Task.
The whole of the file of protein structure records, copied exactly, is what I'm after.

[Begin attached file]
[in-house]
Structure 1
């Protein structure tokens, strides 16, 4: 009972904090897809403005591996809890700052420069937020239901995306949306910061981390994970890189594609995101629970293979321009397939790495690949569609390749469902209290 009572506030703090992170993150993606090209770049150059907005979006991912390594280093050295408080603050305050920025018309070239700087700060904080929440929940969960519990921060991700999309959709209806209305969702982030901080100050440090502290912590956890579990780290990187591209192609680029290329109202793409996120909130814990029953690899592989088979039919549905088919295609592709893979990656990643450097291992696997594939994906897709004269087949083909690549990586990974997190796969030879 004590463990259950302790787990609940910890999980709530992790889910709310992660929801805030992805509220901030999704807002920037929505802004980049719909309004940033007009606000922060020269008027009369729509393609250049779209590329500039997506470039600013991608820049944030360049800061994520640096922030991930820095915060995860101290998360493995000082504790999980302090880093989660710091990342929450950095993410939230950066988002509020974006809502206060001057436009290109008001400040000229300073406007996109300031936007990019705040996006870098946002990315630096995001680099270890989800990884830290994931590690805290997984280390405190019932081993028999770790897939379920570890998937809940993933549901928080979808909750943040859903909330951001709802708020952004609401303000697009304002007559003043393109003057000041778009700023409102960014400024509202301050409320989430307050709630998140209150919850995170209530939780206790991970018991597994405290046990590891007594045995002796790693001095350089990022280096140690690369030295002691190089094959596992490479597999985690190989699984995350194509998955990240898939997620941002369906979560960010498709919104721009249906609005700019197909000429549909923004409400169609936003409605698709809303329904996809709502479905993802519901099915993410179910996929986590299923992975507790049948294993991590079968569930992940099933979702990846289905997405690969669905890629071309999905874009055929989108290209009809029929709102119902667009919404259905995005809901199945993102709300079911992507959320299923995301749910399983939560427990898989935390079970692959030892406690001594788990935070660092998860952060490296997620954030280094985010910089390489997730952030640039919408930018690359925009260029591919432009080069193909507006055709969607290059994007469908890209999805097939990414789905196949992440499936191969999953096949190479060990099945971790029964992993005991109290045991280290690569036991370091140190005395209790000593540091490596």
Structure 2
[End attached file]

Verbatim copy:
[in-house]
Structure 1
């Protein structure tokens, strides 16, 4: 009972904090897809403005591996809890700052420069937020239901995306949306910061981390994970890189594609995101629970293979321009397939790495690949569609390749469902209290 009572506030703090992170993150993606090209770049150059907005979006991912390594280093050295408080603050305050920025018309070239700087700060904080929440929940969960519990921060991700999309959709209806209305969702982030901080100050440090502290912590956890579990780290990187591209192609680029290329109202793409996120909130814990029953690899592989088979039919549905088919295609592709893979990656990643450097291992696997594939994906897709004269087949083909690549990586990974997190796969030879 004590463990259950302790787990609940910890999980709530992790889910709310992660929801805030992805509220901030999704807002920037929505802004980049719909309004940033007009606000922060020269008027009369729509393609250049779209590329500039997506470039600013991608820049944030360049800061994520640096922030991930820095915060995860101290998360493995000082504790999980302090880093989660710091990342929450950095993410939230950066988002509020974006809502206060001057436009290109008001400040000229300073406007996109300031936007990019705040996006870098946002990315630096995001680099270890989800990884830290994931590690805290997984280390405190019932081993028999770790897939379920570890998937809940993933549901928080979808909750943040859903909330951001709802708020952004609401303000697009304002007559003043393109003057000041778009700023409102960014400024509202301050409320989430307050709630998140209150919850995170209530939780206790991970018991597994405290046990590891007594045995002796790693001095350089990022280096140690690369030295002691190089094959596992490479597999985690190989699984995350194509998955990240898939997620941002369906979560960010498709919104721009249906609005700019197909000429549909923004409400169609936003409605698709809303329904996809709502479905993802519901099915993410179910996929986590299923992975507790049948294993991590079968569930992940099933979702990846289905997405690969669905890629071309999905874009055929989108290209009809029929709102119902667009919404259905995005809901199945993102709300079911992507959320299923995301749910399983939560427990898989935390079970692959030892406690001594788990935070660092998860952060490296997620954030280094985010910089390489997730952030640039919408930018690359925009260029591919432009080069193909507006055709969607290059994007469908890209999805097939990414789905196949992440499936191969999953096949190479060990099945971790029964992993005991109290045991280290690569036991370091140190005395209790000593540091490596």
Structure 2